Kruve Propel – Start Swirling Your Espresso

To stir or to swirl...

that is the question.  This question has been plaguing espresso lovers since James Hoffman's video revealing the huge disparity in flavor and strength without stirring.  Personally, I've always gone back and forth depending on the availability of a tea spoon, or if I just feel like looking fancy. I feel ashamed to say, I never really noticed a huge difference, but it makes sense.  I do know some people who prefer to drink their espresso in layers, but there is some science at work here and we're about to go down the rabbit hole. Regardless, Kruve has brought a new line of glassware designed specifically for espresso called PROPEL.

Kruve, if you aren't familiar, are the makers of the ever popular Sifter, and now more recently the EQ Glassware line for drip coffee.  If you aren't Theses are the cliff notes for the EQ glasses. They are designed with the science of taste in mind.  They are made in different shapes and sizes that increase or decrease certain aspects (i.e. acidity, sweetness, and aroma) of the coffee being drank from them.  So the next obvious step is making a model for espresso.

Similarly to the EQ, the PROPEL espresso glassware is designed with science in mind.  It enhances the aroma experience with a wider "bulbous" shape, and doubled walled construction to keep it temperature stable for longer.  The biggest development, in my opinion, and the one that relates back to James' video, is there are internal fins that are designed to stir the shot while swirling the glass itself.  If you're one of those people who likes the layered espresso experience the PROPEL will still work great, just don't swirl the glass.  It really sounds like the best of both worlds.  Check out the video above to see the PROPEL espresso glassware in action, and hear my final thoughts.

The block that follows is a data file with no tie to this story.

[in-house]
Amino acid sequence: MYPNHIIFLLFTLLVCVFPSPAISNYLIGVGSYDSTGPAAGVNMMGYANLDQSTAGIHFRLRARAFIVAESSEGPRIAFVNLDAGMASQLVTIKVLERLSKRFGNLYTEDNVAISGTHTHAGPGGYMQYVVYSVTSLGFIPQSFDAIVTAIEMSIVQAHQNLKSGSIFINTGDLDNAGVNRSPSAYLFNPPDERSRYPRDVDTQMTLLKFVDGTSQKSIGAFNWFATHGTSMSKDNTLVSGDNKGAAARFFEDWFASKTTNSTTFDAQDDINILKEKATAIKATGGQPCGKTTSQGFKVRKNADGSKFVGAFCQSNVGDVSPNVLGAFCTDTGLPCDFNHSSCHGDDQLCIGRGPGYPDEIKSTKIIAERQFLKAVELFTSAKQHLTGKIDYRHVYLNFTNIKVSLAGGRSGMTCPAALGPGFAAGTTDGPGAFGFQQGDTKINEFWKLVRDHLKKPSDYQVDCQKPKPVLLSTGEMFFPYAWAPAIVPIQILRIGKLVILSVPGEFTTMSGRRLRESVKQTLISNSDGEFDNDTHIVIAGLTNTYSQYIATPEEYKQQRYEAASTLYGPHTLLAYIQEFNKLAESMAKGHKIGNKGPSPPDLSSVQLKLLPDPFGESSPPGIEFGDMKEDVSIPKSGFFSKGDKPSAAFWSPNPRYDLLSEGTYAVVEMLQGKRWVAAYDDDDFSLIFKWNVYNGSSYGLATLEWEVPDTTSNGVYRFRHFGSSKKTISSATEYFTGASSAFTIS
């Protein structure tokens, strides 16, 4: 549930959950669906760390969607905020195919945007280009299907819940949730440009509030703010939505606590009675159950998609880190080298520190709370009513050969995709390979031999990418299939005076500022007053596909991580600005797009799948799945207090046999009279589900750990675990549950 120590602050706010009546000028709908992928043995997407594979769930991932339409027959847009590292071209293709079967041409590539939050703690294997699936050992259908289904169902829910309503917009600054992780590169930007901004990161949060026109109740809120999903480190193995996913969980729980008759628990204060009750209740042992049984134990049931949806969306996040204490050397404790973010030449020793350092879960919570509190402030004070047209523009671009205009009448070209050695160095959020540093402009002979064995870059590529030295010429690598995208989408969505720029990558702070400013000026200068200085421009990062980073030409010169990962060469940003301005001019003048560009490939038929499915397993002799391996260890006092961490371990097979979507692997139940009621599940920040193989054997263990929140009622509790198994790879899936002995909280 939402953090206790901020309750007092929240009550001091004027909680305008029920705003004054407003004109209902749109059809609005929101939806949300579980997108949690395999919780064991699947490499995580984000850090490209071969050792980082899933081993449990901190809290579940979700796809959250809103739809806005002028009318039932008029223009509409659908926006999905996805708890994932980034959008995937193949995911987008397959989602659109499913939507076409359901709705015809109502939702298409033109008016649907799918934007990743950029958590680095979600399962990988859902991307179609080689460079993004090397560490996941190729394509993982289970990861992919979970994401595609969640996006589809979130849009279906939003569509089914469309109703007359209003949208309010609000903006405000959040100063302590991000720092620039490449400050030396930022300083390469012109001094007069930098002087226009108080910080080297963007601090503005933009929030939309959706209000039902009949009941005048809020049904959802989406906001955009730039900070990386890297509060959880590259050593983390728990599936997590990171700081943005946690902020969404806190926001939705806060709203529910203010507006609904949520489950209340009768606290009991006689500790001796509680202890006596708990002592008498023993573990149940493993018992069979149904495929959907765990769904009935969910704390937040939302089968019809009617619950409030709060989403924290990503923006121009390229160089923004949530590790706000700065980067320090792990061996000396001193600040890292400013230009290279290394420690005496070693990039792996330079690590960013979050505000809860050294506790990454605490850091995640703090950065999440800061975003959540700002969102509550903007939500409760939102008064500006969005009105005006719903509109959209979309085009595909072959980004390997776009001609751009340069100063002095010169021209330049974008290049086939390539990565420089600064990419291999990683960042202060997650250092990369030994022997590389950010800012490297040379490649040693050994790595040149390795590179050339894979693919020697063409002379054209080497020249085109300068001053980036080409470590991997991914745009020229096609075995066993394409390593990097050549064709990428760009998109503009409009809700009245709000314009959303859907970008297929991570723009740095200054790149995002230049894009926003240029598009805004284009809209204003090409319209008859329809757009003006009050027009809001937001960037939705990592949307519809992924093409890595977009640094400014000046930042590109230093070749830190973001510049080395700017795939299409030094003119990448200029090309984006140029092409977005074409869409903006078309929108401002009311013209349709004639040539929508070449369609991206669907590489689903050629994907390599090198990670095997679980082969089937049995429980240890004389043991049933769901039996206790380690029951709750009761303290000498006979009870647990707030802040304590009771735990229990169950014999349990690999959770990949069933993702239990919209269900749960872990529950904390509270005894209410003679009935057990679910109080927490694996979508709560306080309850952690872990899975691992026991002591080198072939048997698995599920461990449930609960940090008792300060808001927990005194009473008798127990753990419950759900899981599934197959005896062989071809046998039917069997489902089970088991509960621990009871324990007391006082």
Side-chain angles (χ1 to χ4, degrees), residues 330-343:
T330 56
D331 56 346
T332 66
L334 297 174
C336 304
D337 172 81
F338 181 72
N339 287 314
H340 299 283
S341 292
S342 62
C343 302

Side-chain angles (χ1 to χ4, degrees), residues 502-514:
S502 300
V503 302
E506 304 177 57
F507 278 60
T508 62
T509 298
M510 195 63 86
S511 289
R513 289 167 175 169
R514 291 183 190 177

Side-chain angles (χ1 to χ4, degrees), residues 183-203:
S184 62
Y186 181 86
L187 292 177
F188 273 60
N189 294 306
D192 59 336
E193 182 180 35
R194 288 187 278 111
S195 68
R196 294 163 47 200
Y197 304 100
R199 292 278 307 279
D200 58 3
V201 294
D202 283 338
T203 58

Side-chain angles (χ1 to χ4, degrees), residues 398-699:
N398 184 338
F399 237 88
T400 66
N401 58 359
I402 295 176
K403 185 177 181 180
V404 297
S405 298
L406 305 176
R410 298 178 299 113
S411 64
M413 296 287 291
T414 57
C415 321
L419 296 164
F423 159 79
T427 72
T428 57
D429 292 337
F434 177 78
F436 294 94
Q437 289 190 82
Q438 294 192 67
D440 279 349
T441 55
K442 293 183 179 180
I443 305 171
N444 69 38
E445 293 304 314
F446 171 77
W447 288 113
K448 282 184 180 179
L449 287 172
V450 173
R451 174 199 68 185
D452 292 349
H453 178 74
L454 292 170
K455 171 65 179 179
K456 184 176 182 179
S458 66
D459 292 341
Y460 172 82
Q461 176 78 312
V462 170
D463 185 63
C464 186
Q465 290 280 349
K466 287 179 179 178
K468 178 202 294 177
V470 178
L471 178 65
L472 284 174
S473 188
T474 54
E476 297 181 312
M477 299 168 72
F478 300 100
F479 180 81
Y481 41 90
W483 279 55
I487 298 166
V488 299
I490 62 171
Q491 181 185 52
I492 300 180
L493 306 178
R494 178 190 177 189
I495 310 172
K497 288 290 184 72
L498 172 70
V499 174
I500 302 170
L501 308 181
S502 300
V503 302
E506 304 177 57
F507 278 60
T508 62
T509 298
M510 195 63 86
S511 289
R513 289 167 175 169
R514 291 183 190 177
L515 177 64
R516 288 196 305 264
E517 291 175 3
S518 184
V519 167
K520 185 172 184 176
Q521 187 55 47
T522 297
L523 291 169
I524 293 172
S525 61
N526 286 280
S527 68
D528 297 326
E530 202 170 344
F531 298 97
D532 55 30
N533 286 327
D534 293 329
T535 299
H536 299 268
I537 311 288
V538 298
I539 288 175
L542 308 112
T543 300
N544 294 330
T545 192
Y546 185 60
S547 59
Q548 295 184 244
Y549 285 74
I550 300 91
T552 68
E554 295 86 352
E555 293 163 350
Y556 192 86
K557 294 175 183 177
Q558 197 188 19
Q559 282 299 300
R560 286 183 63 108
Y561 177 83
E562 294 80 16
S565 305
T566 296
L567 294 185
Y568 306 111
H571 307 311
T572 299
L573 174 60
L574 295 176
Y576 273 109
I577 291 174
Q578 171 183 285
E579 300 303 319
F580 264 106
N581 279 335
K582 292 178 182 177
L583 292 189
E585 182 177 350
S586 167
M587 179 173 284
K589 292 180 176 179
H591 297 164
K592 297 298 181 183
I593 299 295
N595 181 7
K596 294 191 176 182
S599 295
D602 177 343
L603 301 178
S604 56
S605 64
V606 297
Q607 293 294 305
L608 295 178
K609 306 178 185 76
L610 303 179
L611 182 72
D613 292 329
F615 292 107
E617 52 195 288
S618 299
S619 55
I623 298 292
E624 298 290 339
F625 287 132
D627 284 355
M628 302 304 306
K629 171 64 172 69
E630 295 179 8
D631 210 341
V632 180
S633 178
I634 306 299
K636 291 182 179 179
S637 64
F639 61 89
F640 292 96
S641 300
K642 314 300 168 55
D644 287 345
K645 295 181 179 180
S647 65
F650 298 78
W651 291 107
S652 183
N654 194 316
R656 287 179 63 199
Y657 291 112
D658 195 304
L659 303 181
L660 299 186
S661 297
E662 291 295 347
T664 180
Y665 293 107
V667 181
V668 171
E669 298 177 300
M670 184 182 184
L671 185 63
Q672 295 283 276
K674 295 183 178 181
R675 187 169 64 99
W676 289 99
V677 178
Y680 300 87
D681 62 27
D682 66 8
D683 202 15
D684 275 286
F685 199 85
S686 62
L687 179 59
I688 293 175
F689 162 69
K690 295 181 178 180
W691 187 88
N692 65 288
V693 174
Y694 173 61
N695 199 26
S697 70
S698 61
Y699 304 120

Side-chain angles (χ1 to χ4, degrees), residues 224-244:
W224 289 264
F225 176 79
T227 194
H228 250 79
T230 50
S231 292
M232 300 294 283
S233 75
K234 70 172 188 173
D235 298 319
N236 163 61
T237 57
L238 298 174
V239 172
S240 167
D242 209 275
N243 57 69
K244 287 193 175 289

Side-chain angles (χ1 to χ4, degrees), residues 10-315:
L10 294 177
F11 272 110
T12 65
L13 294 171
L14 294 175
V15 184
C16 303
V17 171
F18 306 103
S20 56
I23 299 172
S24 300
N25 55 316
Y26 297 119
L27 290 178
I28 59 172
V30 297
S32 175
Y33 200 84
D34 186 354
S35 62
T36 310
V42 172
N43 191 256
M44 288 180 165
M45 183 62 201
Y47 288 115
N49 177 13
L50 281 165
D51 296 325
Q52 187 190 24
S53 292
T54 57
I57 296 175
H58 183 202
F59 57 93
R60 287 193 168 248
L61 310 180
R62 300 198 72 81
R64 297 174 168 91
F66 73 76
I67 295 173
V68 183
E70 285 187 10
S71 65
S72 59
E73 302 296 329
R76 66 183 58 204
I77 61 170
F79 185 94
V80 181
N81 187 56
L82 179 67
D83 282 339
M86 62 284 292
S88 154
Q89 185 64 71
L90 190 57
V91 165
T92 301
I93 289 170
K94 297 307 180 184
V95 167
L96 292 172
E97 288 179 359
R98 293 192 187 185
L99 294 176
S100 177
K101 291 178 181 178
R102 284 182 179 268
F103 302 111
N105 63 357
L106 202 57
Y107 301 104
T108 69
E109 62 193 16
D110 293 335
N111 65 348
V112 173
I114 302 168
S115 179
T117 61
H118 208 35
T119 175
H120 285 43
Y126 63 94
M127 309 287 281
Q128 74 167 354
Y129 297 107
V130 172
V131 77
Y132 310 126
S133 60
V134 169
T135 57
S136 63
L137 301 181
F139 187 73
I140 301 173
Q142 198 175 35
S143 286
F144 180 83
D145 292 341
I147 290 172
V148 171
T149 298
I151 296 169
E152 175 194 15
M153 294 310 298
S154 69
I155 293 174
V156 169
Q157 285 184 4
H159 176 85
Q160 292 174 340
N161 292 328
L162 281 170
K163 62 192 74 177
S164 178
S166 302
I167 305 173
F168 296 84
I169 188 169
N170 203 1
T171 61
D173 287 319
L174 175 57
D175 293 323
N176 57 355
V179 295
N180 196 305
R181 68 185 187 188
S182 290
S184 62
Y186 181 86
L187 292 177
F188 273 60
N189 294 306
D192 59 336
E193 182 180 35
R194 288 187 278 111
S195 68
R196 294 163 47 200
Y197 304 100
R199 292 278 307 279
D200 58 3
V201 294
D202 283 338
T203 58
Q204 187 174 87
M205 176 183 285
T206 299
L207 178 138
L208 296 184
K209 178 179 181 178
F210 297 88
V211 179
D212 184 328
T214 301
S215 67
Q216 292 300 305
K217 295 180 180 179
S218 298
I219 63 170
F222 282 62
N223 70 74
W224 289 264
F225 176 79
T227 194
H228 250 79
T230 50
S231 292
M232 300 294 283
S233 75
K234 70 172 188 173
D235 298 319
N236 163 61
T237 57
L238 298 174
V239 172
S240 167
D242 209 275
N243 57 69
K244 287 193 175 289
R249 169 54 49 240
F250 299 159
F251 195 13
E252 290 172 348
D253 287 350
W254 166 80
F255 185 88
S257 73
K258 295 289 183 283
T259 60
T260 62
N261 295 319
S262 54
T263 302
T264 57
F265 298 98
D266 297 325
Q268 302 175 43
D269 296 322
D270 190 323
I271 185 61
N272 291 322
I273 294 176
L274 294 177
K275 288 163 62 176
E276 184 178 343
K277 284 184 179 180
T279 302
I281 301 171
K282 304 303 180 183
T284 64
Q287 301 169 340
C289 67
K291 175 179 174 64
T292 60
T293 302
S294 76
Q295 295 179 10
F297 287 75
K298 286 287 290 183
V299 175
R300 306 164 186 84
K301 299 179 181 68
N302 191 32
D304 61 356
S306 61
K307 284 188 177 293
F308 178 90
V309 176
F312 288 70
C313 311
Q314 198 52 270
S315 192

Enter to win a set of PROPEL glasses on my Instagram!

Support their Kickstarter campaign for early bird pricing!


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2 Comments

  1. Rigoberto
    October 24, 2019

    Hello Asa,
    Why do you show TDS in percent of extraction and not parts per million?
    Just curious?
    Always enjoy you videos!!!
    Thanks
    Rigo

    Reply
    1. TheRealSprometheus
      October 27, 2019

      What’s good Rigo!? The meter I have only shows the TDS, then I calculated the extraction percent at the end because that’s a bit more common of an understanding than PPM. Also, TDS is just a bit easier to wrap your head around. PPM just sounds way to complicated and may not be quite as engaging. Good question my friend! Thanks for watching!

      Reply

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